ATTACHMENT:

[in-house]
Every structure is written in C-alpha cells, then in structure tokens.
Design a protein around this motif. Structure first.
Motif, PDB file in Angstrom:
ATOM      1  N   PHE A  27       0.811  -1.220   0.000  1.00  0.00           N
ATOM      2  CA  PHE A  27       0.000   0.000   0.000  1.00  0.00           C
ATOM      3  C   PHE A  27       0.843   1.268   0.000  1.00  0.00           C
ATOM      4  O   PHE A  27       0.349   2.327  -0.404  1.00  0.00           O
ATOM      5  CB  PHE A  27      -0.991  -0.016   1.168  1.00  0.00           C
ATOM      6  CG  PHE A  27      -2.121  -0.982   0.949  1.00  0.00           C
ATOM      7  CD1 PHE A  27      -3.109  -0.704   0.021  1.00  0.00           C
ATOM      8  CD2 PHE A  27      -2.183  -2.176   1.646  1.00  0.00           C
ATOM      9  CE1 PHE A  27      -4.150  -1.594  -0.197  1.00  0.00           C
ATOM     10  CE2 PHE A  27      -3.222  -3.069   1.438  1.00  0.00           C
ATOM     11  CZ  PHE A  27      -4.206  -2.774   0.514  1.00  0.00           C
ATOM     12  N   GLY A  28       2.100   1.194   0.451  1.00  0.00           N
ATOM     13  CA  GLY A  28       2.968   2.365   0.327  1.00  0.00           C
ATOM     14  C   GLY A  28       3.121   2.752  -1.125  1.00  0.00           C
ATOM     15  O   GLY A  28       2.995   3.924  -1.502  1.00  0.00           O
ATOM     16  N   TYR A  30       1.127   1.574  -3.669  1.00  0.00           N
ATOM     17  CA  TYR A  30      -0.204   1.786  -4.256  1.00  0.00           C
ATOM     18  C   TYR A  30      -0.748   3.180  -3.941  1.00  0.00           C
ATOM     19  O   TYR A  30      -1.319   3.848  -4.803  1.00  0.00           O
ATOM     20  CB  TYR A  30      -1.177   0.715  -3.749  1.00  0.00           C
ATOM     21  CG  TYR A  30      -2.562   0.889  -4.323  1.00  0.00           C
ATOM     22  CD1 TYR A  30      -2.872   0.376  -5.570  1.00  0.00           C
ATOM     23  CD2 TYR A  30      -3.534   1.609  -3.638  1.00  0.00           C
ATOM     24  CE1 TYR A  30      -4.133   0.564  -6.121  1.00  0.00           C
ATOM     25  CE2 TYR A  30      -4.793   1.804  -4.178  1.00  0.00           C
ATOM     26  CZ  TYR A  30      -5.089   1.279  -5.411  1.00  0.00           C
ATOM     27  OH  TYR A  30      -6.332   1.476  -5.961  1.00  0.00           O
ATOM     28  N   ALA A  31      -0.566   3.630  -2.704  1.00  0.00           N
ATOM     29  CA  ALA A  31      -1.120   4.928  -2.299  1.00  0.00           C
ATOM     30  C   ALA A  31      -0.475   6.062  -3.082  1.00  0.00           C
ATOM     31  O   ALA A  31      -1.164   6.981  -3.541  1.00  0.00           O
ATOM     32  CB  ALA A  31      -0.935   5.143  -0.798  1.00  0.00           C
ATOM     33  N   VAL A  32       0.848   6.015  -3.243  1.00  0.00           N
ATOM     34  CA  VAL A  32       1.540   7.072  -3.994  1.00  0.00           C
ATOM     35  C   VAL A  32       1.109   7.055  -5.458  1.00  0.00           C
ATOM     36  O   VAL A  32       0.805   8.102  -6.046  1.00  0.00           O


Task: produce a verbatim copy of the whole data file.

[in-house]
Every structure is written in C-alpha cells, then in structure tokens.
Design a protein around this motif. Structure first.
Motif, PDB file in Angstrom:
ATOM      1  N   PHE A  27       0.811  -1.220   0.000  1.00  0.00           N
ATOM      2  CA  PHE A  27       0.000   0.000   0.000  1.00  0.00           C
ATOM      3  C   PHE A  27       0.843   1.268   0.000  1.00  0.00           C
ATOM      4  O   PHE A  27       0.349   2.327  -0.404  1.00  0.00           O
ATOM      5  CB  PHE A  27      -0.991  -0.016   1.168  1.00  0.00           C
ATOM      6  CG  PHE A  27      -2.121  -0.982   0.949  1.00  0.00           C
ATOM      7  CD1 PHE A  27      -3.109  -0.704   0.021  1.00  0.00           C
ATOM      8  CD2 PHE A  27      -2.183  -2.176   1.646  1.00  0.00           C
ATOM      9  CE1 PHE A  27      -4.150  -1.594  -0.197  1.00  0.00           C
ATOM     10  CE2 PHE A  27      -3.222  -3.069   1.438  1.00  0.00           C
ATOM     11  CZ  PHE A  27      -4.206  -2.774   0.514  1.00  0.00           C
ATOM     12  N   GLY A  28       2.100   1.194   0.451  1.00  0.00           N
ATOM     13  CA  GLY A  28       2.968   2.365   0.327  1.00  0.00           C
ATOM     14  C   GLY A  28       3.121   2.752  -1.125  1.00  0.00           C
ATOM     15  O   GLY A  28       2.995   3.924  -1.502  1.00  0.00           O
ATOM     16  N   TYR A  30       1.127   1.574  -3.669  1.00  0.00           N
ATOM     17  CA  TYR A  30      -0.204   1.786  -4.256  1.00  0.00           C
ATOM     18  C   TYR A  30      -0.748   3.180  -3.941  1.00  0.00           C
ATOM     19  O   TYR A  30      -1.319   3.848  -4.803  1.00  0.00           O
ATOM     20  CB  TYR A  30      -1.177   0.715  -3.749  1.00  0.00           C
ATOM     21  CG  TYR A  30      -2.562   0.889  -4.323  1.00  0.00           C
ATOM     22  CD1 TYR A  30      -2.872   0.376  -5.570  1.00  0.00           C
ATOM     23  CD2 TYR A  30      -3.534   1.609  -3.638  1.00  0.00           C
ATOM     24  CE1 TYR A  30      -4.133   0.564  -6.121  1.00  0.00           C
ATOM     25  CE2 TYR A  30      -4.793   1.804  -4.178  1.00  0.00           C
ATOM     26  CZ  TYR A  30      -5.089   1.279  -5.411  1.00  0.00           C
ATOM     27  OH  TYR A  30      -6.332   1.476  -5.961  1.00  0.00           O
ATOM     28  N   ALA A  31      -0.566   3.630  -2.704  1.00  0.00           N
ATOM     29  CA  ALA A  31      -1.120   4.928  -2.299  1.00  0.00           C
ATOM     30  C   ALA A  31      -0.475   6.062  -3.082  1.00  0.00           C
ATOM     31  O   ALA A  31      -1.164   6.981  -3.541  1.00  0.00           O
ATOM     32  CB  ALA A  31      -0.935   5.143  -0.798  1.00  0.00           C
ATOM     33  N   VAL A  32       0.848   6.015  -3.243  1.00  0.00           N
ATOM     34  CA  VAL A  32       1.540   7.072  -3.994  1.00  0.00           C
ATOM     35  C   VAL A  32       1.109   7.055  -5.458  1.00  0.00           C
ATOM     36  O   VAL A  32       0.805   8.102  -6.046  1.00  0.00           O